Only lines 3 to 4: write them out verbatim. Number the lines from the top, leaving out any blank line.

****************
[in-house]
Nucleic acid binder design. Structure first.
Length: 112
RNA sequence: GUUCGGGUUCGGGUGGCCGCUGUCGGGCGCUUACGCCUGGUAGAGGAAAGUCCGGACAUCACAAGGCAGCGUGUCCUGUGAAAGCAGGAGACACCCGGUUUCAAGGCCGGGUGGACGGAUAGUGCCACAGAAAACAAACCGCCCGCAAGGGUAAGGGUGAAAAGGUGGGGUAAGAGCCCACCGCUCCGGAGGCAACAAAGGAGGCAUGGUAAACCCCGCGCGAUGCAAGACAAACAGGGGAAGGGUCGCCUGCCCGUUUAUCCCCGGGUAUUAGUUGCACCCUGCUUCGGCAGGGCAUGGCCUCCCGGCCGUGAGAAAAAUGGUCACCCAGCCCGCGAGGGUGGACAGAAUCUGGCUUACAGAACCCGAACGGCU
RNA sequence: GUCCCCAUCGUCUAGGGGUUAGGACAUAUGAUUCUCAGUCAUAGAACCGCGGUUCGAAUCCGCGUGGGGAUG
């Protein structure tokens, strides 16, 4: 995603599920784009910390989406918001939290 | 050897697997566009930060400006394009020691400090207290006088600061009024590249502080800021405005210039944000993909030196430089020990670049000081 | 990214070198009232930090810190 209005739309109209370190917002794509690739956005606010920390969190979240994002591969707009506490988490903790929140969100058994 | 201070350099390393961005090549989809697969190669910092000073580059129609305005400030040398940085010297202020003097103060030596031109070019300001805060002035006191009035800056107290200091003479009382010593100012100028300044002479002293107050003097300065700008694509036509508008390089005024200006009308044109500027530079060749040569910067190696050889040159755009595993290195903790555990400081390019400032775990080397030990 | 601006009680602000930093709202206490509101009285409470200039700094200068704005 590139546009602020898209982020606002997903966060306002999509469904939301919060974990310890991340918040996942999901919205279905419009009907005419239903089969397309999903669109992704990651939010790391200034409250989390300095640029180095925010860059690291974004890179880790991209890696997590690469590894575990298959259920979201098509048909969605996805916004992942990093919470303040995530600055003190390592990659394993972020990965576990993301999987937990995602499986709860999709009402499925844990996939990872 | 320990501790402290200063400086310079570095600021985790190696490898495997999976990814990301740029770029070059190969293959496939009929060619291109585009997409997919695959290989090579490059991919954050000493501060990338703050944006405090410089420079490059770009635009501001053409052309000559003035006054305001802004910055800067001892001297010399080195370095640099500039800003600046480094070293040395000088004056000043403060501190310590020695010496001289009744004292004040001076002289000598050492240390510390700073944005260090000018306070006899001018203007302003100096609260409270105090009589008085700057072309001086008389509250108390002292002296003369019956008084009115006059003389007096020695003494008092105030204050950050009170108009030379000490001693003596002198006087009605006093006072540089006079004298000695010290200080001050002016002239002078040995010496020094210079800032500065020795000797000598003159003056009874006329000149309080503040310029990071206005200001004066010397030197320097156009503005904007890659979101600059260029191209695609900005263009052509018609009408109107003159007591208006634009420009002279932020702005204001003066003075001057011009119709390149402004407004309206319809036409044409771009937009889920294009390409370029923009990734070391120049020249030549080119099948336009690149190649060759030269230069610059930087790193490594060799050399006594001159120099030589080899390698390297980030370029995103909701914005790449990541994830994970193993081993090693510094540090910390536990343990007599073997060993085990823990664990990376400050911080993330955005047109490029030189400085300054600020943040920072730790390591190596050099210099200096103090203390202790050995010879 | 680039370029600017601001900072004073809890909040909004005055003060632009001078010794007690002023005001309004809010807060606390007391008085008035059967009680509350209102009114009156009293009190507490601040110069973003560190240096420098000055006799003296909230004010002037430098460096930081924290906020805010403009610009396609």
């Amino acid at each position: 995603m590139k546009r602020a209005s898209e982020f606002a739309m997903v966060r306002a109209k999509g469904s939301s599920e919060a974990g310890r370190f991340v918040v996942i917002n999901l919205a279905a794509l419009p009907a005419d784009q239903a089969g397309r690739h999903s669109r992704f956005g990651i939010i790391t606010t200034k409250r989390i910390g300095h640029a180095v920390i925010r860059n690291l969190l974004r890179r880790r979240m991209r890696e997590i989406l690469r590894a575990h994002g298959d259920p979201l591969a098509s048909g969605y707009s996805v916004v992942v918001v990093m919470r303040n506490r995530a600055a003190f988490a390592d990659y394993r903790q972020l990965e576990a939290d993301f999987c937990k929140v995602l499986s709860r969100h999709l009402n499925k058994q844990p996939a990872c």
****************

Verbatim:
Length: 112
RNA sequence: GUUCGGGUUCGGGUGGCCGCUGUCGGGCGCUUACGCCUGGUAGAGGAAAGUCCGGACAUCACAAGGCAGCGUGUCCUGUGAAAGCAGGAGACACCCGGUUUCAAGGCCGGGUGGACGGAUAGUGCCACAGAAAACAAACCGCCCGCAAGGGUAAGGGUGAAAAGGUGGGGUAAGAGCCCACCGCUCCGGAGGCAACAAAGGAGGCAUGGUAAACCCCGCGCGAUGCAAGACAAACAGGGGAAGGGUCGCCUGCCCGUUUAUCCCCGGGUAUUAGUUGCACCCUGCUUCGGCAGGGCAUGGCCUCCCGGCCGUGAGAAAAAUGGUCACCCAGCCCGCGAGGGUGGACAGAAUCUGGCUUACAGAACCCGAACGGCU